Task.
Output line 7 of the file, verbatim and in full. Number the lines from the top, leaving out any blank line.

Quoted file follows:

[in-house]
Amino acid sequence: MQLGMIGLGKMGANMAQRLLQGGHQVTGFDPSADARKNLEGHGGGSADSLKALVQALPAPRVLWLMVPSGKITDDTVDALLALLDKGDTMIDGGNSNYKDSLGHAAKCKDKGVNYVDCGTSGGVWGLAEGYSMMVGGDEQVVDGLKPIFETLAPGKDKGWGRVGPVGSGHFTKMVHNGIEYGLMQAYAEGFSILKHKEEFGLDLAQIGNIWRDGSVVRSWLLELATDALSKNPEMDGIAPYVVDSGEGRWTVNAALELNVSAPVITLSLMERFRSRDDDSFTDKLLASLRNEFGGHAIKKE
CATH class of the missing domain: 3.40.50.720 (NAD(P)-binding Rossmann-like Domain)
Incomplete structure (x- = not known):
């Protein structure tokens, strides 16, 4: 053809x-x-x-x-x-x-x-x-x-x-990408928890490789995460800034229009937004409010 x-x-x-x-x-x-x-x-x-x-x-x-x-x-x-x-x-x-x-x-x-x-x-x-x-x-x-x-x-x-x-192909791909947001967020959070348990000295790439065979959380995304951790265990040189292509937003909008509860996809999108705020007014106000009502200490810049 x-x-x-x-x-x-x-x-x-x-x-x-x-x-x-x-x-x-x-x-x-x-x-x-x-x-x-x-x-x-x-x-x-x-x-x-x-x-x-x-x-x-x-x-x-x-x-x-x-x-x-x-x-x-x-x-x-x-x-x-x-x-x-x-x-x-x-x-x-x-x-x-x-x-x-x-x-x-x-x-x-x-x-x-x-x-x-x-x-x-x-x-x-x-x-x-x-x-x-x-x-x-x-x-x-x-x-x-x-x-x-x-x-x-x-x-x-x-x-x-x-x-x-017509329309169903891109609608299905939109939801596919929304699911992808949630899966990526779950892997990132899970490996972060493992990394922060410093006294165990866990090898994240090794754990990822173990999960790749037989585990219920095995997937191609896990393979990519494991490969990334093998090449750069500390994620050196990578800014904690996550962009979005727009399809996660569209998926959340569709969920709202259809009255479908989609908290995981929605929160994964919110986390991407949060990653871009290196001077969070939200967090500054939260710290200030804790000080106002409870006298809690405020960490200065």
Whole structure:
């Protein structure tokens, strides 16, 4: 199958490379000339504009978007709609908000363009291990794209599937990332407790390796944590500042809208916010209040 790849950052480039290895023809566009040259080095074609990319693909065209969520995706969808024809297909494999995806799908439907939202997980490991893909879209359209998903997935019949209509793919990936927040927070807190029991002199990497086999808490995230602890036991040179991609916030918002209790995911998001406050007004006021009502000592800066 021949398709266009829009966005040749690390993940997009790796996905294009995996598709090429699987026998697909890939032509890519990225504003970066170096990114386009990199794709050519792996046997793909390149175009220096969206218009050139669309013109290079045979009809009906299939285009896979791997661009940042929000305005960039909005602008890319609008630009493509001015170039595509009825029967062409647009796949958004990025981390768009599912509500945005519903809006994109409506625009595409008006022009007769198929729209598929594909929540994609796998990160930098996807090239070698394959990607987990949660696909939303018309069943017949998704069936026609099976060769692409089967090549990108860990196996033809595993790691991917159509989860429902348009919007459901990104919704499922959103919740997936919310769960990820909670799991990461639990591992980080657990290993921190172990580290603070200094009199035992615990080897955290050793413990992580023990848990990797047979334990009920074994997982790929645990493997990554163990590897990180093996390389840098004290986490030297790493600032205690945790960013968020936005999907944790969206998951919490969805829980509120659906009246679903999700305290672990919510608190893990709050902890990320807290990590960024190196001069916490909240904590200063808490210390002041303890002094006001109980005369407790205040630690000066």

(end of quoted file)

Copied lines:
């Protein structure tokens, strides 16, 4: 199958490379000339504009978007709609908000363009291990794209599937990332407790390796944590500042809208916010209040 790849950052480039290895023809566009040259080095074609990319693909065209969520995706969808024809297909494999995806799908439907939202997980490991893909879209359209998903997935019949209509793919990936927040927070807190029991002199990497086999808490995230602890036991040179991609916030918002209790995911998001406050007004006021009502000592800066 021949398709266009829009966005040749690390993940997009790796996905294009995996598709090429699987026998697909890939032509890519990225504003970066170096990114386009990199794709050519792996046997793909390149175009220096969206218009050139669309013109290079045979009809009906299939285009896979791997661009940042929000305005960039909005602008890319609008630009493509001015170039595509009825029967062409647009796949958004990025981390768009599912509500945005519903809006994109409506625009595409008006022009007769198929729209598929594909929540994609796998990160930098996807090239070698394959990607987990949660696909939303018309069943017949998704069936026609099976060769692409089967090549990108860990196996033809595993790691991917159509989860429902348009919007459901990104919704499922959103919740997936919310769960990820909670799991990461639990591992980080657990290993921190172990580290603070200094009199035992615990080897955290050793413990992580023990848990990797047979334990009920074994997982790929645990493997990554163990590897990180093996390389840098004290986490030297790493600032205690945790960013968020936005999907944790969206998951919490969805829980509120659906009246679903999700305290672990919510608190893990709050902890990320807290990590960024190196001069916490909240904590200063808490210390002041303890002094006001109980005369407790205040630690000066």